Problem solve Get help with specific problems with your technologies, process and projects.

Outlook gets down to business

The Business Contact Manager lets you organize company and client information within the Outlook environment, and gives you the advantage of maintaining histories for them as well.

For many people, Outlook is the one application that is almost always open. Because of this, Microsoft got the idea to integrate its Business Contact Manager into Outlook.

The basic idea behind the Business Contact Manager is that it allows you to organize information related to individual companies or clients within a Microsoft Outlook environment.

Prior to writing this article, I was running Microsoft Office 2003 Enterprise Edition. I assumed that you could either download the product as an add-on from the Microsoft Web site or that it was included as an option on the installation CD. That wasn't the case though, so I turned to the Microsoft Web site for help. According to the Microsoft Web site, Business Contact Manager is included with Office Small Business Edition 2003 and with Office Professional Edition 2003.

The basics
The Business Contact Manager has two main types of objects at its core: accounts and business contacts. If you select the Contacts folder in Outlook, these two objects are added to the My Contacts section. While in the Contacts folder, you can click the New button and you are given the option of creating a new account or a new business contact.

So what do these two new object types do for you? The Business Contacts object works similarly to the normal contacts object. However, using it gives you the chance to separate business contacts from contacts set up for friends or family. Setting up an account is similar to setting up a contact or a business contact except an account is related to a corporate customer. To make this a little easier to understand, think about it this way. I write articles and sell them to TechTarget. However, I deal with several different people at TechTarget because I write articles on a variety of different subjects. Therefore, I could create an account for TechTarget as a whole, but I would need to first create individual business contacts for each person that I deal with at TechTarget. In fact, when you create an account, you are expected to select a primary contact person for the account from your business contacts.

What's the point?
Business Contact Manager lets you set up business contacts and accounts, but you might wonder what the benefit is to doing all this work. The idea behind the Business Contact Manager isn't just to separate contact information into other types of objects, but to make the information more usable.

For example, suppose I wanted to set up a business contact for one of my clients. I would begin by entering the usual contact information, but the Business Contact Manager provides me with a few new fields. These fields allow me to rate the customer (good customer vs. a not-so-good customer). There is also a field that allows me to mark whether the customer's account is current or if it is overdue.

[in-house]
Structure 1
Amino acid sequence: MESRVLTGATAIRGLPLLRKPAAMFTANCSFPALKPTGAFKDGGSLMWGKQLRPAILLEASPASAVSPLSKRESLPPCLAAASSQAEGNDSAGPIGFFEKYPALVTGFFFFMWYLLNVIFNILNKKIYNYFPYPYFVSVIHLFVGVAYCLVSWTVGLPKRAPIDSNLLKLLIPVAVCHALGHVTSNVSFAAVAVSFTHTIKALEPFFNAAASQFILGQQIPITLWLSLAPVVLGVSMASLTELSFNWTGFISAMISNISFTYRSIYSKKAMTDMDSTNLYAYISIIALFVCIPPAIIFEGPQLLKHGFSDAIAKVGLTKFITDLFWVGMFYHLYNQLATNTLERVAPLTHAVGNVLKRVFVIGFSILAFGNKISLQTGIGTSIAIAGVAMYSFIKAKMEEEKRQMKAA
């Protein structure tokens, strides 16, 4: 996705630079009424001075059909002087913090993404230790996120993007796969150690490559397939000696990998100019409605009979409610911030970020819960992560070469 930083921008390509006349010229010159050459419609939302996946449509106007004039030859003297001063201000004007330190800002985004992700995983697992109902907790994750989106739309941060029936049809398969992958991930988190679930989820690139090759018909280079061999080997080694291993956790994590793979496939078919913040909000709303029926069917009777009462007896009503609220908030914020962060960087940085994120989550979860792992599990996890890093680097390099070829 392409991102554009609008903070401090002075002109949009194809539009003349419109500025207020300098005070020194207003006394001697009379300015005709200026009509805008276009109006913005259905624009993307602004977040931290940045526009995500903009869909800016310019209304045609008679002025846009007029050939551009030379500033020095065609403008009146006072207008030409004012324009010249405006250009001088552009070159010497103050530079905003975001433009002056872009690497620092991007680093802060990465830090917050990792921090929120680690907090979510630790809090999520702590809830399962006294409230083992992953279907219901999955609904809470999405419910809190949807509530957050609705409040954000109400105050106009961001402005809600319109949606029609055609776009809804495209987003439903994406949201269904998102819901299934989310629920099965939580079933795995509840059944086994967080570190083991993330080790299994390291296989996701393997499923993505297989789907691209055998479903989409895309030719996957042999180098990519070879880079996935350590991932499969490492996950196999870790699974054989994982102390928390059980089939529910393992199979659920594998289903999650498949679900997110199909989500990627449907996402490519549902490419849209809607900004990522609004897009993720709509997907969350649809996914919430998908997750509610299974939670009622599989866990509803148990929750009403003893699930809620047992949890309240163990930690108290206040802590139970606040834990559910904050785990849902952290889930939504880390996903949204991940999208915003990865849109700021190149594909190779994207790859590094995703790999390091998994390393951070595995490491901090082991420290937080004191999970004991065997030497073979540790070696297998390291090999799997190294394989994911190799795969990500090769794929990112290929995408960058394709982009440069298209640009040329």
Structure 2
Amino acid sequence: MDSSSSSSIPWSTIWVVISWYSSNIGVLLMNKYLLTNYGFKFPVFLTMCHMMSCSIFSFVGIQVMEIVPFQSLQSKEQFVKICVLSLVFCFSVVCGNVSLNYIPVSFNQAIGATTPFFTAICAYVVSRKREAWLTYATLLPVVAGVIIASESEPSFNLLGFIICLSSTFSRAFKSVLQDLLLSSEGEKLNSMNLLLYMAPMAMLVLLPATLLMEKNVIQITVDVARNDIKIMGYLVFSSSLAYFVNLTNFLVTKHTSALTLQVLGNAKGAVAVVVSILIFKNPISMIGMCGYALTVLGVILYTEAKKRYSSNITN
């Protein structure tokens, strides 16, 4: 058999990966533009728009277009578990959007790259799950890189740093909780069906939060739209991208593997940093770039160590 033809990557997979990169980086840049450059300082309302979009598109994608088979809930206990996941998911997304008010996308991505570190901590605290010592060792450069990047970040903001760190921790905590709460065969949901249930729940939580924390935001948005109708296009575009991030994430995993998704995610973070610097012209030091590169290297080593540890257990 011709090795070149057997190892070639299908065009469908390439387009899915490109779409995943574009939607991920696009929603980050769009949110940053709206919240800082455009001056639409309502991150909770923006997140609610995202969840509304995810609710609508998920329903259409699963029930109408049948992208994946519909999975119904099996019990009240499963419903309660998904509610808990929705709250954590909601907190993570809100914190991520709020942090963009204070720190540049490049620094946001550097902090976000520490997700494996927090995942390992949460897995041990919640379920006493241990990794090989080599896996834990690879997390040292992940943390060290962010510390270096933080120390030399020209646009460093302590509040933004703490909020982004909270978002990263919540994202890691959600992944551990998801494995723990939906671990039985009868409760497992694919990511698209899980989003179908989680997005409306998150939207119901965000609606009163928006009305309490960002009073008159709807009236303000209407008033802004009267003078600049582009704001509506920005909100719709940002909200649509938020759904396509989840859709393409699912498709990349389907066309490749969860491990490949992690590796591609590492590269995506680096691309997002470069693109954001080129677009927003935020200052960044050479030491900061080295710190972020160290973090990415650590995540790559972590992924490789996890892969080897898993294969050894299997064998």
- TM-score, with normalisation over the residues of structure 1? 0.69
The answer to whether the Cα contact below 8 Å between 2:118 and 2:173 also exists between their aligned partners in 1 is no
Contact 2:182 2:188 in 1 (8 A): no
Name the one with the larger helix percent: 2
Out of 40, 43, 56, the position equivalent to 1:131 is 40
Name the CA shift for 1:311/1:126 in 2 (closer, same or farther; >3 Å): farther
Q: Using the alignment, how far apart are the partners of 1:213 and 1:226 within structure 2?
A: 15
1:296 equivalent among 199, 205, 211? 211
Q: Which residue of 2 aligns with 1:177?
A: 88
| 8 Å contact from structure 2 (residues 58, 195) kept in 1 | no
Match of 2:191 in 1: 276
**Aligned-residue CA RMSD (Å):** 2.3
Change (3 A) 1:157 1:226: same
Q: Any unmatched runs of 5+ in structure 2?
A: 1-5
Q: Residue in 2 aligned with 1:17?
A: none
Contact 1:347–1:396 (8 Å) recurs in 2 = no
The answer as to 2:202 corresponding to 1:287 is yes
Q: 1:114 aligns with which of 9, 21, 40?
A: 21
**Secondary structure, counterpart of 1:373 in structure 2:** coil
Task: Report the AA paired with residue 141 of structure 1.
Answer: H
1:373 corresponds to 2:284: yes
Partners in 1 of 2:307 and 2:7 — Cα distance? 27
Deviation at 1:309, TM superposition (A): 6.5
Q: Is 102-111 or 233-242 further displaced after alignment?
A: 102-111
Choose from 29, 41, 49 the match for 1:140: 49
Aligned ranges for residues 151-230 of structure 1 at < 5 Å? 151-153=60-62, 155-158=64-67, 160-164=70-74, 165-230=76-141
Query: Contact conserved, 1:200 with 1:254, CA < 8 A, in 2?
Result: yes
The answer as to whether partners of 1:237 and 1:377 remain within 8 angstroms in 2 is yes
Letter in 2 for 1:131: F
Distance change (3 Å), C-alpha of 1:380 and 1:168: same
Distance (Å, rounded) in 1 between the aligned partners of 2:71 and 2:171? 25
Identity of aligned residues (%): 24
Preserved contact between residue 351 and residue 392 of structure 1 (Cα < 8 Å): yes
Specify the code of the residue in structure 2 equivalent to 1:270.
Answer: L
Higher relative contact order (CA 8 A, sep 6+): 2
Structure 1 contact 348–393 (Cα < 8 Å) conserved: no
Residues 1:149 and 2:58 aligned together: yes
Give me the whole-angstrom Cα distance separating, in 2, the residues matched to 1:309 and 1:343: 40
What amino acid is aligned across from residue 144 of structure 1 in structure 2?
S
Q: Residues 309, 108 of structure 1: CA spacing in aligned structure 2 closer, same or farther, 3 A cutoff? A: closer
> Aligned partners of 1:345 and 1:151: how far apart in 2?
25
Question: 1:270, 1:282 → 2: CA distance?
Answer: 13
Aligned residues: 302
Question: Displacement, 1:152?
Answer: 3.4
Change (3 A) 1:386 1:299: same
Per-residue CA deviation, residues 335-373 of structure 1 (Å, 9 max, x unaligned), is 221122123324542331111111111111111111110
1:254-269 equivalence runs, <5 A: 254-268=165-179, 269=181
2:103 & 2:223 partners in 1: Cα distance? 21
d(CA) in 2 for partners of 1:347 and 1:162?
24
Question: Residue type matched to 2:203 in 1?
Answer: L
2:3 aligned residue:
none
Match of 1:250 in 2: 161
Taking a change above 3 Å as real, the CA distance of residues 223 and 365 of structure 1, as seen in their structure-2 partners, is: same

A feature that I particularly like is the Categories option. The Categories option contains a whole slew of categories that might possibly apply to the contact. Categories range from VIP to competitor to international. By selecting the check boxes next to the categories that should apply to the contact, you are building a relational database of your customers. Now, I could use a view within Outlook to see who my really good customers are, who is on my holiday card list, who are my international customers, etc. Having these reports at your disposal makes it really easy to tell where you need to focus your business.

Perhaps the best feature of the Business Contact Manager is the way that Outlook allows you to maintain histories of accounts and customers. For example, if I were to send a customer an e-mail, a copy of the e-mail is automatically associated with the contact person. If I use Outlook's calendar to book an appointment with a customer, a record of the appointment is kept in the contact's history (this is handy for hourly billing).

Outlook also allows you to associate other information with a contact or account. For example, if you have a spreadsheet related to this month's billing, you can easily link the spreadsheet to the appropriate customer's history.

The Business Contact Manager is more than just a glorified telephone organizer. It is a useful tool that allows you to gain a comprehensive overview of your business's relationship to its customers.

 


Brien M. Posey, MCSE, is a Microsoft Most Valuable Professional for his work with Windows 2000 Server and IIS. Brien has served as the CIO for a nationwide chain of hospitals and was once in charge of IT security for Fort Knox. As a freelance technical writer he has written for Microsoft, CNET, ZDNet, TechTarget, MSD2D, Relevant Technologies and other technology companies. You can visit Brien's personal Web site at http://www.brienposey.com.

 


Did you find this tip useful? It first appeared in the free SearchExchange.com newsletter, Exchange Adviser. Sign up now so you can receive the Exchange Adviser, which is filled with technical articles, expert advice, news and everything Exchange!

 


Do you have a useful Exchange tip to share? Submit it to our monthly tip contest and you could win a prize and a spot in our Hall of Fame.

Dig Deeper on Outlook management

Start the conversation

Send me notifications when other members comment.

Please create a username to comment.

-ADS BY GOOGLE

SearchServerVirtualization

SearchCloudComputing

SearchSQLServer

SearchEnterpriseDesktop

SearchVirtualDesktop

Close